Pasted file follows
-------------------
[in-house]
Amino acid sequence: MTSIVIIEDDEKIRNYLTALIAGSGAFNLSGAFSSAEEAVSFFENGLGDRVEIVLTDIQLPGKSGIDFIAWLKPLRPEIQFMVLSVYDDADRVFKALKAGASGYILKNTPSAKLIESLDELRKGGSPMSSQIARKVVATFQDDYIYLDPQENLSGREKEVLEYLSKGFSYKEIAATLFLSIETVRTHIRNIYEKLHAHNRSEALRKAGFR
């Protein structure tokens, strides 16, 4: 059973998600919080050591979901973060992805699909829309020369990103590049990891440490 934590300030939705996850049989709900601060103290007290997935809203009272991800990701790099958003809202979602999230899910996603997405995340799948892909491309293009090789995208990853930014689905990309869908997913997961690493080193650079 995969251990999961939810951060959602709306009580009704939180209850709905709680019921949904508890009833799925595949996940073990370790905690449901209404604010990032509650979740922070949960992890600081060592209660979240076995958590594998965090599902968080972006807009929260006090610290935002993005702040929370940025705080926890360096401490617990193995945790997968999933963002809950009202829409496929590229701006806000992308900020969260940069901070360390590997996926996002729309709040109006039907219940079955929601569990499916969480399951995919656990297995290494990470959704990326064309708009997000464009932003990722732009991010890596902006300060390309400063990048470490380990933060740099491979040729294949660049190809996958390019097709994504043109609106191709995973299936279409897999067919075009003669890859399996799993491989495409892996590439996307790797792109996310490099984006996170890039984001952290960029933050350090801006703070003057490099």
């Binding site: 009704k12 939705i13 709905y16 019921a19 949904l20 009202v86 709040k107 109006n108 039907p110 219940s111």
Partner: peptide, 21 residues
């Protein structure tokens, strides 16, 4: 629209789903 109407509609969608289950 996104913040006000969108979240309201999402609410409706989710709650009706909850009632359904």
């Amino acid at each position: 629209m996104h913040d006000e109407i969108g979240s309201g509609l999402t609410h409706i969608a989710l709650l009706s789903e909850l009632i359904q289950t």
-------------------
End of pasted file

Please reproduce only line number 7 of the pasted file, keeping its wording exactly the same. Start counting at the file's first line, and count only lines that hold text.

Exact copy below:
């Amino acid at each position: 629209m996104h913040d006000e109407i969108g979240s309201g509609l999402t609410h409706i969608a989710l709650l009706s789903e909850l009632i359904q289950t």